The hormone oxytocin, commonly known as the "love hormone," may enhance the pleasure of social interactions by stimulating the production of marijuana-like chemicals in the brain, a U.S. study says.
The study conducted by a team of researchers in University of California provided the first link between oxytocin and anandamide - which is also known as the "bliss molecule" due to its capability of activating cannabinoid receptors in neurons to intensify happiness and motivation, in a manner similar to THC in marijuana.
UCI's Daniele Piomelle and his team studied a group of mice that had been either isolated or allowed to interact, and measured the levels of anandamide stimulated in the brain. These marijuana-like neurotransmitters are among a class of naturally occurring chemicals in the body known as endocannabinoids that bind to neuron receptors similar to THC.
The researchers found that there was an increase production of anandamide in the brain when the mice were allowed to make social interaction. When the cannabinoid receptors were blocked, the pleasure of socialization disappeared.
The association between anandamide and oxytocin was also investigated having known that the latter promotes social contact. When the researchers stimulated neurons that generate oxytocin, they noticed an increase in anandamide production in the nucleus accumbens. Moreover, they found that blocking anandamide's effects also blocked the pro-social effects of oxytocin, suggesting that the hormone reinforced social pleasure.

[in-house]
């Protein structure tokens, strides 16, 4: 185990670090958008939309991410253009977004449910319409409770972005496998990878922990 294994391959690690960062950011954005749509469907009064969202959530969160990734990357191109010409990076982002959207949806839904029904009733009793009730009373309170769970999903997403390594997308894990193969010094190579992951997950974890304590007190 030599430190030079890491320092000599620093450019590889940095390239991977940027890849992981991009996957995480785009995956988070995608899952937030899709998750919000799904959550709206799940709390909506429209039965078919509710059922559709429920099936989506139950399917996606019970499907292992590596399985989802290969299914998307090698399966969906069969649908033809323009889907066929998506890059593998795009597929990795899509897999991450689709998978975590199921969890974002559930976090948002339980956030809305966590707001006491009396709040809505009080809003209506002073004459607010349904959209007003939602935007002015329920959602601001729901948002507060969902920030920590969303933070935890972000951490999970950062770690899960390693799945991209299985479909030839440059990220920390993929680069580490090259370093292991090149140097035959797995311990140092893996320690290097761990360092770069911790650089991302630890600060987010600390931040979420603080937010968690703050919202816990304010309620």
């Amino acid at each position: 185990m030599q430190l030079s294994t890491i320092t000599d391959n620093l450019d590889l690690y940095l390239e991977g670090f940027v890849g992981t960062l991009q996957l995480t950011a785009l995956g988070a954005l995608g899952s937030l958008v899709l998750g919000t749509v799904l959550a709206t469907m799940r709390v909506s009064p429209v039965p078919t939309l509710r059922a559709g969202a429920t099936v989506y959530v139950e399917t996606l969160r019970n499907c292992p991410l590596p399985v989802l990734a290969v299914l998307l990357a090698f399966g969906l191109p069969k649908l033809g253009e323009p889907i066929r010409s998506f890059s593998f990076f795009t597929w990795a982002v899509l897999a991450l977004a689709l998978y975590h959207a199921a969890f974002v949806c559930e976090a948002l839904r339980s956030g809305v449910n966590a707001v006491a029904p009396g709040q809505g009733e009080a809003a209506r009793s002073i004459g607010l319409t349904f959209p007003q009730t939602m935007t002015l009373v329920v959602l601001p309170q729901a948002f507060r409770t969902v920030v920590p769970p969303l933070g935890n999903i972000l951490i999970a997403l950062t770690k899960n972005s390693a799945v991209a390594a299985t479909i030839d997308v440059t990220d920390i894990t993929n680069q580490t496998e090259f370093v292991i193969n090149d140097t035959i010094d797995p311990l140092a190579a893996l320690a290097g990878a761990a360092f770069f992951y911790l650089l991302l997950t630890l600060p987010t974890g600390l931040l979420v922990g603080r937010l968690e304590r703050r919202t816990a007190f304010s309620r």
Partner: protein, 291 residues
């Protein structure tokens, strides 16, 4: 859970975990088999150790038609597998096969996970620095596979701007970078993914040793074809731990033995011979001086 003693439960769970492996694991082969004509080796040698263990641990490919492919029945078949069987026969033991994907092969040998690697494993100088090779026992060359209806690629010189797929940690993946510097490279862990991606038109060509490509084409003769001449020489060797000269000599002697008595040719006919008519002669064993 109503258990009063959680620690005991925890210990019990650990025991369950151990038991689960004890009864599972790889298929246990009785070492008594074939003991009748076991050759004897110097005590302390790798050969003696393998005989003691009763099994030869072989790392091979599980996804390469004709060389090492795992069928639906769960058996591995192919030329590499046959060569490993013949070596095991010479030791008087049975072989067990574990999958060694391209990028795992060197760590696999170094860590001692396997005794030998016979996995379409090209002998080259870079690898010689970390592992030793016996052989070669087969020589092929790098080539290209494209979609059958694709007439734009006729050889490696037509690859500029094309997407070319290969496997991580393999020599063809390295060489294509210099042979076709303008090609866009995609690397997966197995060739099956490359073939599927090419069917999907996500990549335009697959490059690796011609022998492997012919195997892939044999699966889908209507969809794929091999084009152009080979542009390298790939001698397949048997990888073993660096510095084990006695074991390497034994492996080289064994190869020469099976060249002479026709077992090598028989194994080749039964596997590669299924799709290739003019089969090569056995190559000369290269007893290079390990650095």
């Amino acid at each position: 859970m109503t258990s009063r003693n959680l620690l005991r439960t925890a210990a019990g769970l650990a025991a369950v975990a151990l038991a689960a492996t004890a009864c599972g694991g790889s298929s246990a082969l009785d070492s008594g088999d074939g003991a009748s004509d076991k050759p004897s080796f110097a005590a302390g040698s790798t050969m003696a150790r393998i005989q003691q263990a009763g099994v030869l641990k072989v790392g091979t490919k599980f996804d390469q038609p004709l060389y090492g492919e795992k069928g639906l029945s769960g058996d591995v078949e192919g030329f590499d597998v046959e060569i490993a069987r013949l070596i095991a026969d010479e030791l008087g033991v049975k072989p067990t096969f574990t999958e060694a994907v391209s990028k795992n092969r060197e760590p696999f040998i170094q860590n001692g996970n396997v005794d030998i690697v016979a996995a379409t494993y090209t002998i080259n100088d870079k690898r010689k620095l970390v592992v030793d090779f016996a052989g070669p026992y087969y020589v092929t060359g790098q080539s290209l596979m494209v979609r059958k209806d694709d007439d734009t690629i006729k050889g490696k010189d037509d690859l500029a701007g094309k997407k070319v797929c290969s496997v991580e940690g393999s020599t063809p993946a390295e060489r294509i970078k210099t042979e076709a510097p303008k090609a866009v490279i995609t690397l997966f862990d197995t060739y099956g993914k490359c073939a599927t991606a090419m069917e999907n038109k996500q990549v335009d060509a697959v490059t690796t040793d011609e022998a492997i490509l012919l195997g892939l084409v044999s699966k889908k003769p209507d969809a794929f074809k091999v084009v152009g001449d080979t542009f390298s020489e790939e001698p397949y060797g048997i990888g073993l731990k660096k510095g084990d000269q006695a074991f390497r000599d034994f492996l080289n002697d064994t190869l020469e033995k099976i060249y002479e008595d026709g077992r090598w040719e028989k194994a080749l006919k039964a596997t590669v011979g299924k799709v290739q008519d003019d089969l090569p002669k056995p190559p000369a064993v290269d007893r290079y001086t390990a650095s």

Their findings also showed that mice treated with a drug that inhibits the degradation of anandamide behaved as though they enjoyed spending time with their cage mates more than those treated with a placebo.
"Our findings open the exciting possibility that drugs that block the degradation of anandamide, which are currently being tested for various anxiety disorders, could give a boost to the brain's own oxytocin and help people with autism socialize more," says Piomelli, also the founding director of the Drug Discovery & Development Department at the Italian Institute of Technology, in a press release.
Well, oxytocin can make people feel more extroverted, as revealed by a previous study in 2011.
At present, clinical researchers are investigating it as a possible treatment for the symptoms of autism. However, the main deterrent for such research is the fact that the hormone is difficult to deliver to the human brain.
The study appears in the online journal Proceedings of the National Academy of Sciences.